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Priti Radhakrishnan

In the wake of losing two of her best friends to leukemia, Priti Radhakrishnan transformed tragedy into a passionate mission to increase medical access and knowledge. I-MAK challenges patent laws to make life-saving medicines affordable to even the most poverty-stricken.


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Priti Radhakrishnan
“We started working out of one small room in India with stacks of books and papers everywhere. We look back with pride, it makes the results we achieved even more meaningful.”

"In 2008, largely due to the untimely loss of both my best friends [to acute myeloid leukemia] and feeling fatigued from starting up I-MAK, I lost some hope as to how much we could change the course of patients’ lives,” Priti Radhakrishnan remembers. But the co-founder of the Initiative for Medicines, Access & Knowledge (I-MAK), didn’t let the discouragement defeat her. After watching her friends struggle to find bone marrow matches, Priti found a mission in increasing access to medical understanding and treatments. “When we won our first case, I realized how many lives could be impacted and that we could make a difference.”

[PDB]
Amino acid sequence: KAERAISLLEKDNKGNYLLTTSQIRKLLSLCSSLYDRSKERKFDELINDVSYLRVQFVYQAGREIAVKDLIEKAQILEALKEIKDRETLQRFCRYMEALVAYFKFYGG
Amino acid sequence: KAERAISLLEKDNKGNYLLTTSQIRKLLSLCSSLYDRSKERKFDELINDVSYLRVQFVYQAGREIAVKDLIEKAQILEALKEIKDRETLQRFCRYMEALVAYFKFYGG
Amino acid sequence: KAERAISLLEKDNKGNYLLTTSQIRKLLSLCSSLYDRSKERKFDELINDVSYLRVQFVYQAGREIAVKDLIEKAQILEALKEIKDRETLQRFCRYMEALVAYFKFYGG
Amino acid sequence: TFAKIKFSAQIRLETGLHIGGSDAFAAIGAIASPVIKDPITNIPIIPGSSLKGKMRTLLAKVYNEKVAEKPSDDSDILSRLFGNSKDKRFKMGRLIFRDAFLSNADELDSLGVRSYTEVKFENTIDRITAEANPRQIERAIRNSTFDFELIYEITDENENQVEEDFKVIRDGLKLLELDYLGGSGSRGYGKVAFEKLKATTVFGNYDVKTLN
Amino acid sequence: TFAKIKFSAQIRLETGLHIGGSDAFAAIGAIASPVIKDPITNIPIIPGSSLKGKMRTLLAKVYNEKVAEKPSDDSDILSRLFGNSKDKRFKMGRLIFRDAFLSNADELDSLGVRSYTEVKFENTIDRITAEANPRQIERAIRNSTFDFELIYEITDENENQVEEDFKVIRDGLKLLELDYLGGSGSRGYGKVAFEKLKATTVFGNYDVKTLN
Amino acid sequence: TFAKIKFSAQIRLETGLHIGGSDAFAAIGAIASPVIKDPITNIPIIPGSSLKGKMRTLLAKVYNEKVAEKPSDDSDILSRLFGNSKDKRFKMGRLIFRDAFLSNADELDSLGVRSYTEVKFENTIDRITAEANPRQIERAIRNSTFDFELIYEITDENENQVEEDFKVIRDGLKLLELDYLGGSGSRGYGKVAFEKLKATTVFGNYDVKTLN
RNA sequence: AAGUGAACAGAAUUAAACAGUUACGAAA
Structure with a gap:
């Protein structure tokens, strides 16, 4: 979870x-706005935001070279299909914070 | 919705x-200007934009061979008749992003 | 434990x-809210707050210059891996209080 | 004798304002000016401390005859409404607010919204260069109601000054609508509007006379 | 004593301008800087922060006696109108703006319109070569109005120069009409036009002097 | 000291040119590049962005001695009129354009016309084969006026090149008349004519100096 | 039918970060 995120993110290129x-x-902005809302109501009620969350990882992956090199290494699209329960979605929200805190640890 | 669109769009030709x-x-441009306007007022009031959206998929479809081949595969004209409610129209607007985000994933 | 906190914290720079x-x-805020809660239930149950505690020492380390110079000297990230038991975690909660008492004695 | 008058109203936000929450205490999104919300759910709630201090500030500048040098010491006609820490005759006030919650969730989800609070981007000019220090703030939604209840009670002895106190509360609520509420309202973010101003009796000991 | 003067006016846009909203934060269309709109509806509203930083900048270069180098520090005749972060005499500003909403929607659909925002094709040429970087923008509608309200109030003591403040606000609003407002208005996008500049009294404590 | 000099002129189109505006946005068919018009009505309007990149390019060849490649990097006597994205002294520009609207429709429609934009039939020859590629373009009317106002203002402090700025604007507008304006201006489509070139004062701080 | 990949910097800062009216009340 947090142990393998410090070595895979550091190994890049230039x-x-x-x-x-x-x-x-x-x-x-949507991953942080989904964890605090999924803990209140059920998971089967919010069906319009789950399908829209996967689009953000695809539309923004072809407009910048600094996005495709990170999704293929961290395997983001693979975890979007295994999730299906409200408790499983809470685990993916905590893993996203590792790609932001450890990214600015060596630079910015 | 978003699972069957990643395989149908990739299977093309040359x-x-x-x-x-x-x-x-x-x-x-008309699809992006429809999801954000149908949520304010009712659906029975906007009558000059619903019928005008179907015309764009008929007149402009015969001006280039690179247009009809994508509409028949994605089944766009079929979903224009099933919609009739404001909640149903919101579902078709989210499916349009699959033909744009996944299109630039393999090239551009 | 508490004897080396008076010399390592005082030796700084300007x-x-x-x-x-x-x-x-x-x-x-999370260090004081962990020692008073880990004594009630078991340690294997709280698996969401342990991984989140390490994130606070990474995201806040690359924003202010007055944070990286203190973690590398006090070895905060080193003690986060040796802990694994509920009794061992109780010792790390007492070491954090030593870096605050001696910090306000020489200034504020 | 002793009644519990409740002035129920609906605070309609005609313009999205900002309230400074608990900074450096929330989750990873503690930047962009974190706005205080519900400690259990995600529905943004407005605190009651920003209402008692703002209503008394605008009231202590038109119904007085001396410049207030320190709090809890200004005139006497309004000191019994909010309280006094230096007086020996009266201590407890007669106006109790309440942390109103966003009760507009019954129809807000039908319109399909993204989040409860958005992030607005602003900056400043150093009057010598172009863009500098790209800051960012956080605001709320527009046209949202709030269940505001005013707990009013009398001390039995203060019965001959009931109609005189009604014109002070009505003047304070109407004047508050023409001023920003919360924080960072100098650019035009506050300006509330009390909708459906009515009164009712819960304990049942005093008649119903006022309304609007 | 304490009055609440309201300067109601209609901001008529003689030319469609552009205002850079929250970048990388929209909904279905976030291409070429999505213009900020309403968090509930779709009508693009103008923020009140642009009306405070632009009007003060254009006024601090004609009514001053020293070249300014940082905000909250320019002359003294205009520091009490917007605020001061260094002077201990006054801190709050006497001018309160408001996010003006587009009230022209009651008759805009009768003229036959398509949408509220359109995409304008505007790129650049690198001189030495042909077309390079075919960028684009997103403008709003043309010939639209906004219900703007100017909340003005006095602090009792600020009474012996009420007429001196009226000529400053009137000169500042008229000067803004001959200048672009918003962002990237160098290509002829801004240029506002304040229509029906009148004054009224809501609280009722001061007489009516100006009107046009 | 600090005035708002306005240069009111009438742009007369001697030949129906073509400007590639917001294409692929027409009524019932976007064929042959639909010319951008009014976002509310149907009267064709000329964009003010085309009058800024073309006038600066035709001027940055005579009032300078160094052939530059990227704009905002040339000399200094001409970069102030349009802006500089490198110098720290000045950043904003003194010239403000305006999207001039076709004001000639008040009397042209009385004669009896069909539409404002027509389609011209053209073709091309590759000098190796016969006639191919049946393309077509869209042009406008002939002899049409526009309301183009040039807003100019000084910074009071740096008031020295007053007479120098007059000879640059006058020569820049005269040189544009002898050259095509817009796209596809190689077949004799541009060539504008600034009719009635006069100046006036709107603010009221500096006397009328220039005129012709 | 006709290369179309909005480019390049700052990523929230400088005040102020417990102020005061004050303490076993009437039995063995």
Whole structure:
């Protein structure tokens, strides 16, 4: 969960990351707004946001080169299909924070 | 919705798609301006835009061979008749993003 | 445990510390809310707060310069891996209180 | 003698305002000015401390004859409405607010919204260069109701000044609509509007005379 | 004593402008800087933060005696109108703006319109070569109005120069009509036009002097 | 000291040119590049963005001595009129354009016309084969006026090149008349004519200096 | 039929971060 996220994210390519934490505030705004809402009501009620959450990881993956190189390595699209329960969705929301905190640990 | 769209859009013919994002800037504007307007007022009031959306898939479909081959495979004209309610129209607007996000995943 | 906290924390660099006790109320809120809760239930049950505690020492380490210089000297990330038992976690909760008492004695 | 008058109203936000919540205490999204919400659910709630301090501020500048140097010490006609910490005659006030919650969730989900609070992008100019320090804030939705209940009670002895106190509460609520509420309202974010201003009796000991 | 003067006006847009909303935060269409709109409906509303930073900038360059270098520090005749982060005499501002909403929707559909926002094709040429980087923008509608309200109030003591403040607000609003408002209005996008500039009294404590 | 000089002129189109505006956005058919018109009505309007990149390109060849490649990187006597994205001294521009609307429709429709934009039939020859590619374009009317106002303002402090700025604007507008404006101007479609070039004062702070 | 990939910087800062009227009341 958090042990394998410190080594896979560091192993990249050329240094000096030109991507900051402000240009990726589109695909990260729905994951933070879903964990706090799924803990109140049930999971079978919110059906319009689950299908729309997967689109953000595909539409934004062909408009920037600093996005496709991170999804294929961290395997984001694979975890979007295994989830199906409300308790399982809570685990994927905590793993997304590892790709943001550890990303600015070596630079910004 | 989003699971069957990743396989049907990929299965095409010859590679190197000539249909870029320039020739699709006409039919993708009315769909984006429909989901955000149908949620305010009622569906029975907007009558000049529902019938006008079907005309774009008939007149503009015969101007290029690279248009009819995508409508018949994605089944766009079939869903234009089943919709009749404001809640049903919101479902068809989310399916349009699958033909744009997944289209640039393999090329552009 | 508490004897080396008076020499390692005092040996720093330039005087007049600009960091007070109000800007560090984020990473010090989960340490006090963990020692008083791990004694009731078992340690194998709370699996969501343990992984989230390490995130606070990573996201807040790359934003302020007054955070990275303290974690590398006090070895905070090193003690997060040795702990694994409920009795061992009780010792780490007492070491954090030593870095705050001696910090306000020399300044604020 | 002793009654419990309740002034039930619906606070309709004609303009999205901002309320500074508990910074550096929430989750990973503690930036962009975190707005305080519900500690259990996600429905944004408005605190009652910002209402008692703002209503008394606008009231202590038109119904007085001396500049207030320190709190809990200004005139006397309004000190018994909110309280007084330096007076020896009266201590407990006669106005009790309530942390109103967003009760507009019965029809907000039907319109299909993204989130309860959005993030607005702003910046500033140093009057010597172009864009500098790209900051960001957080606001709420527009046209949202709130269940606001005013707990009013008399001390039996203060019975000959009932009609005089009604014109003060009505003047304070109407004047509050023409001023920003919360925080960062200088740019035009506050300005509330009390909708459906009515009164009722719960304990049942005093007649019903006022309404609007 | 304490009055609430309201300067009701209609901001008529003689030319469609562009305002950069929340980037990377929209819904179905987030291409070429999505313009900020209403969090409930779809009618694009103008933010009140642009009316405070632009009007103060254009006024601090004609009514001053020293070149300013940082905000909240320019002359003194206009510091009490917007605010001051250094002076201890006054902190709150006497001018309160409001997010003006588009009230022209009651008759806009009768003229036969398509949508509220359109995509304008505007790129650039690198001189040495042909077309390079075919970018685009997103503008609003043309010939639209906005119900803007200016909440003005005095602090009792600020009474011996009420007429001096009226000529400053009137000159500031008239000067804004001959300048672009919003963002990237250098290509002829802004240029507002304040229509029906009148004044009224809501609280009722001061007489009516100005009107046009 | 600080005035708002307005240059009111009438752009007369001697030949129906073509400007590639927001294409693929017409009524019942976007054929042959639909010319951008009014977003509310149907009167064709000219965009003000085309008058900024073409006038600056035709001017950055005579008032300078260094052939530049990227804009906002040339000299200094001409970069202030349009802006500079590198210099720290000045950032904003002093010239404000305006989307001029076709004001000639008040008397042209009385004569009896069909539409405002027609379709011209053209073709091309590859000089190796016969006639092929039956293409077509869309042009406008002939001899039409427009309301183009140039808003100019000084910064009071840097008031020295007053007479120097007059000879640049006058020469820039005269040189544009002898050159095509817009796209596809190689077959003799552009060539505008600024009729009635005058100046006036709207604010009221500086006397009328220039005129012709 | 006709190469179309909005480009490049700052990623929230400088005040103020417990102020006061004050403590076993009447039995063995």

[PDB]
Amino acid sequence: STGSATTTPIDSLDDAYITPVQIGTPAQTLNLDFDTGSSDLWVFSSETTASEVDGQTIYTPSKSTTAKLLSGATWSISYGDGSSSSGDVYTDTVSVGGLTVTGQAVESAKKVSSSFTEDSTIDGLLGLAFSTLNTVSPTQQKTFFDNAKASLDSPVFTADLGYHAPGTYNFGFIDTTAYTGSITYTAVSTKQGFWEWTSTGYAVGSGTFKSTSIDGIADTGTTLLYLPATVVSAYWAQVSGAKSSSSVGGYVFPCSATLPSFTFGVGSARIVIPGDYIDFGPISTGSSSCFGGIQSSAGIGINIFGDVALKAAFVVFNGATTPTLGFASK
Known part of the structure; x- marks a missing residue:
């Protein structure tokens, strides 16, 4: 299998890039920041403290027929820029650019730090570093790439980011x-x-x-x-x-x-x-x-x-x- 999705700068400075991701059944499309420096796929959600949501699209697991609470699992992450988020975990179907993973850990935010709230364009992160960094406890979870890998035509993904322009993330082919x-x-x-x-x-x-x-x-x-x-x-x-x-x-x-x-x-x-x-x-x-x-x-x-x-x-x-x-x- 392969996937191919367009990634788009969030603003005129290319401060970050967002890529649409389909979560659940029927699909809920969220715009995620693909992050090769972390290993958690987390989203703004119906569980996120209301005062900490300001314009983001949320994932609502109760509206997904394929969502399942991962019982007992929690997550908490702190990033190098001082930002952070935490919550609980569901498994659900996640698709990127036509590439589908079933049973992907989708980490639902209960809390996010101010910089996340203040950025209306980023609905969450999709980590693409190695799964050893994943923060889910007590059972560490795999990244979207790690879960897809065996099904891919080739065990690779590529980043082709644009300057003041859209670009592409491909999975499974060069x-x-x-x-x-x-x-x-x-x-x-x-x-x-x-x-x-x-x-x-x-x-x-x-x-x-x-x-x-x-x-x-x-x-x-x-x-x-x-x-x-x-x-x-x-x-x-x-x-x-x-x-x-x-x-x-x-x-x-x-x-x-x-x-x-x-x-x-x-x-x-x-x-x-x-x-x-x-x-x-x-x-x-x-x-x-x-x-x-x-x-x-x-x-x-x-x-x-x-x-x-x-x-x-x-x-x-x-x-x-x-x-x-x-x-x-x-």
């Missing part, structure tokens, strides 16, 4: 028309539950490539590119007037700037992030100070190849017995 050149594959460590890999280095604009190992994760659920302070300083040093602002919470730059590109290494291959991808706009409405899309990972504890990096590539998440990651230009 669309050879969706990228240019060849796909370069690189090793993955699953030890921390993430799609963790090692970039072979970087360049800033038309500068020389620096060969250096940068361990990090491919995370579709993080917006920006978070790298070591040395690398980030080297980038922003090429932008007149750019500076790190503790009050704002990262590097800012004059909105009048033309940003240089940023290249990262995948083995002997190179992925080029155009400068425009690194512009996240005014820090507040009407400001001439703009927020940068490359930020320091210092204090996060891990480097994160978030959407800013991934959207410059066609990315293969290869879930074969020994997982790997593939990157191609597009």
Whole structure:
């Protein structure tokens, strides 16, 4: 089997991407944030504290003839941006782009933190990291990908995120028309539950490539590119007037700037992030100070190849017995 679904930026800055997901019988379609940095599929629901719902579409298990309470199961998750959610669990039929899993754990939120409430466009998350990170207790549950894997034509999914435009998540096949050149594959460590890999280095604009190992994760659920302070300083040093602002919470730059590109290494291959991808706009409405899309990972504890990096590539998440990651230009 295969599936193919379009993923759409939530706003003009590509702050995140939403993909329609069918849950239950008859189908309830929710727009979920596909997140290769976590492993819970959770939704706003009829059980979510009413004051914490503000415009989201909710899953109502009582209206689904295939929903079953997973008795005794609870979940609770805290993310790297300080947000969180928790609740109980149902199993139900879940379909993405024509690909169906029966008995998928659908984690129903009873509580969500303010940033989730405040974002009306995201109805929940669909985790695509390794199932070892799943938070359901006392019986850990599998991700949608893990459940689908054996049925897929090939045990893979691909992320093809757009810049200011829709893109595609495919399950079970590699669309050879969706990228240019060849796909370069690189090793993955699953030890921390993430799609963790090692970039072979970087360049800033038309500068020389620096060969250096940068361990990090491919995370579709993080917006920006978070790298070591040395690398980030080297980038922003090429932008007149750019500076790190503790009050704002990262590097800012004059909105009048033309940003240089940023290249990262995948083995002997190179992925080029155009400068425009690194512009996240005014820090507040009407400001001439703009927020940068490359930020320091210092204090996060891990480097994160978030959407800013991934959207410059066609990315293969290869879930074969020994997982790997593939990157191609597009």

Limited exposure to the bone marrow registry proved a symptom of a much larger problem: much of the global population can’t afford life-saving drugs. At the heart of the issue is a patent system with flawed incentives, restricting affordable generics that make cost an insurmountable obstacle in developing nations. Priti, a former health attorney, partnered with Tahir Amin to form an independent team of lawyers and scientists dedicated to making the patent system work for patients, not pockets. They challenge patents by filing legal interventions aimed at lowering prices and increasing access to medicines.

Opposing the international pharmaceutical industry is no easy feat, and Priti says most people “show their admiration for what we are trying to do but wonder how we succeed against such powerful interests.” Despite the obstacles, I-MAK has succeeded in bringing about many compulsory licenses for the manufacture or import of generic versions of drugs, circumventing patent rights for better access to essential medicines.

As Director of Treatment Access, Priti says her work will be done “when every person has access to affordable medicines and when the human right to life triumphs over private commercial rights."